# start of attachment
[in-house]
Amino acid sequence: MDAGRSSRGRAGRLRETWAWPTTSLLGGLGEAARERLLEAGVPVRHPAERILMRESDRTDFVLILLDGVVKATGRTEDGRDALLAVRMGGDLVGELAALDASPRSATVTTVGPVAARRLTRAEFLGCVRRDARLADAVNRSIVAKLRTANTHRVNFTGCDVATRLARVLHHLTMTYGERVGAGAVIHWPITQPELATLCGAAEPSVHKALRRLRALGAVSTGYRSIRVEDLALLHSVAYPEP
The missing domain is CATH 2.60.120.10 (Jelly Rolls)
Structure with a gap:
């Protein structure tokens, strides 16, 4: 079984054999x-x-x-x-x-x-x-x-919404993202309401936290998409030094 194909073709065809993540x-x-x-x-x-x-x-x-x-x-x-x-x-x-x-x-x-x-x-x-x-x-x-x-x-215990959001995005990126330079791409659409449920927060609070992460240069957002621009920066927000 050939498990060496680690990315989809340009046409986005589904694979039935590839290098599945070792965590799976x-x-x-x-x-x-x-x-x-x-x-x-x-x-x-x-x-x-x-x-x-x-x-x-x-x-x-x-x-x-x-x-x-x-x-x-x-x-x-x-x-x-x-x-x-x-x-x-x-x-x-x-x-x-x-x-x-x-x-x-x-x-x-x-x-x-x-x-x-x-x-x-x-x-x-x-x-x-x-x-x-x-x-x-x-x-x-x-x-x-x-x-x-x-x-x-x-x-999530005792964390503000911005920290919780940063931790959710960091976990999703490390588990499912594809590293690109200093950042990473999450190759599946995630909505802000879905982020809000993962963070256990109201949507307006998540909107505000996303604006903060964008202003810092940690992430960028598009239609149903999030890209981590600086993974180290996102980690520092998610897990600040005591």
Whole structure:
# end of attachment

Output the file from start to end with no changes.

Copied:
[in-house]
Amino acid sequence: MDAGRSSRGRAGRLRETWAWPTTSLLGGLGEAARERLLEAGVPVRHPAERILMRESDRTDFVLILLDGVVKATGRTEDGRDALLAVRMGGDLVGELAALDASPRSATVTTVGPVAARRLTRAEFLGCVRRDARLADAVNRSIVAKLRTANTHRVNFTGCDVATRLARVLHHLTMTYGERVGAGAVIHWPITQPELATLCGAAEPSVHKALRRLRALGAVSTGYRSIRVEDLALLHSVAYPEP
The missing domain is CATH 2.60.120.10 (Jelly Rolls)
Structure with a gap:
């Protein structure tokens, strides 16, 4: 079984054999x-x-x-x-x-x-x-x-919404993202309401936290998409030094 194909073709065809993540x-x-x-x-x-x-x-x-x-x-x-x-x-x-x-x-x-x-x-x-x-x-x-x-x-215990959001995005990126330079791409659409449920927060609070992460240069957002621009920066927000 050939498990060496680690990315989809340009046409986005589904694979039935590839290098599945070792965590799976x-x-x-x-x-x-x-x-x-x-x-x-x-x-x-x-x-x-x-x-x-x-x-x-x-x-x-x-x-x-x-x-x-x-x-x-x-x-x-x-x-x-x-x-x-x-x-x-x-x-x-x-x-x-x-x-x-x-x-x-x-x-x-x-x-x-x-x-x-x-x-x-x-x-x-x-x-x-x-x-x-x-x-x-x-x-x-x-x-x-x-x-x-x-x-x-x-x-999530005792964390503000911005920290919780940063931790959710960091976990999703490390588990499912594809590293690109200093950042990473999450190759599946995630909505802000879905982020809000993962963070256990109201949507307006998540909107505000996303604006903060964008202003810092940690992430960028598009239609149903999030890209981590600086993974180290996102980690520092998610897990600040005591």
Whole structure: